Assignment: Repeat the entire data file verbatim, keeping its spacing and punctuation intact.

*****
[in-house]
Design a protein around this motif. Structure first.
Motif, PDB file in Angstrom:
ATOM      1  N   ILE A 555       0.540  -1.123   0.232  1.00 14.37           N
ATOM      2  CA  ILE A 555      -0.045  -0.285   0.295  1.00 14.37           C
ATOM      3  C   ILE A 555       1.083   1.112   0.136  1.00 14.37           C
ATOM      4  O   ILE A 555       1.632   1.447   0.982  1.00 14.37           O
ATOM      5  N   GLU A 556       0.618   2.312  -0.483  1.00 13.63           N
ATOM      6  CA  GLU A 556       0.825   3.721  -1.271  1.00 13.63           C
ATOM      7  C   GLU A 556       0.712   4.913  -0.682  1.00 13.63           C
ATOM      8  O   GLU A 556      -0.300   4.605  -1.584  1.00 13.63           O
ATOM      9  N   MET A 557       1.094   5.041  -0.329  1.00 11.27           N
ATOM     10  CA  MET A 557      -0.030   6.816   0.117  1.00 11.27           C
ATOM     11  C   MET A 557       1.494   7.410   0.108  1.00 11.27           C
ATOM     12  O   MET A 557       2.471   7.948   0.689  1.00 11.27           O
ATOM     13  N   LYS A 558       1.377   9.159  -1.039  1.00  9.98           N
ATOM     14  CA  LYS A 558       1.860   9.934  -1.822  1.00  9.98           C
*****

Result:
[in-house]
Design a protein around this motif. Structure first.
Motif, PDB file in Angstrom:
ATOM      1  N   ILE A 555       0.540  -1.123   0.232  1.00 14.37           N
ATOM      2  CA  ILE A 555      -0.045  -0.285   0.295  1.00 14.37           C
ATOM      3  C   ILE A 555       1.083   1.112   0.136  1.00 14.37           C
ATOM      4  O   ILE A 555       1.632   1.447   0.982  1.00 14.37           O
ATOM      5  N   GLU A 556       0.618   2.312  -0.483  1.00 13.63           N
ATOM      6  CA  GLU A 556       0.825   3.721  -1.271  1.00 13.63           C
ATOM      7  C   GLU A 556       0.712   4.913  -0.682  1.00 13.63           C
ATOM      8  O   GLU A 556      -0.300   4.605  -1.584  1.00 13.63           O
ATOM      9  N   MET A 557       1.094   5.041  -0.329  1.00 11.27           N
ATOM     10  CA  MET A 557      -0.030   6.816   0.117  1.00 11.27           C
ATOM     11  C   MET A 557       1.494   7.410   0.108  1.00 11.27           C
ATOM     12  O   MET A 557       2.471   7.948   0.689  1.00 11.27           O
ATOM     13  N   LYS A 558       1.377   9.159  -1.039  1.00  9.98           N
ATOM     14  CA  LYS A 558       1.860   9.934  -1.822  1.00  9.98           C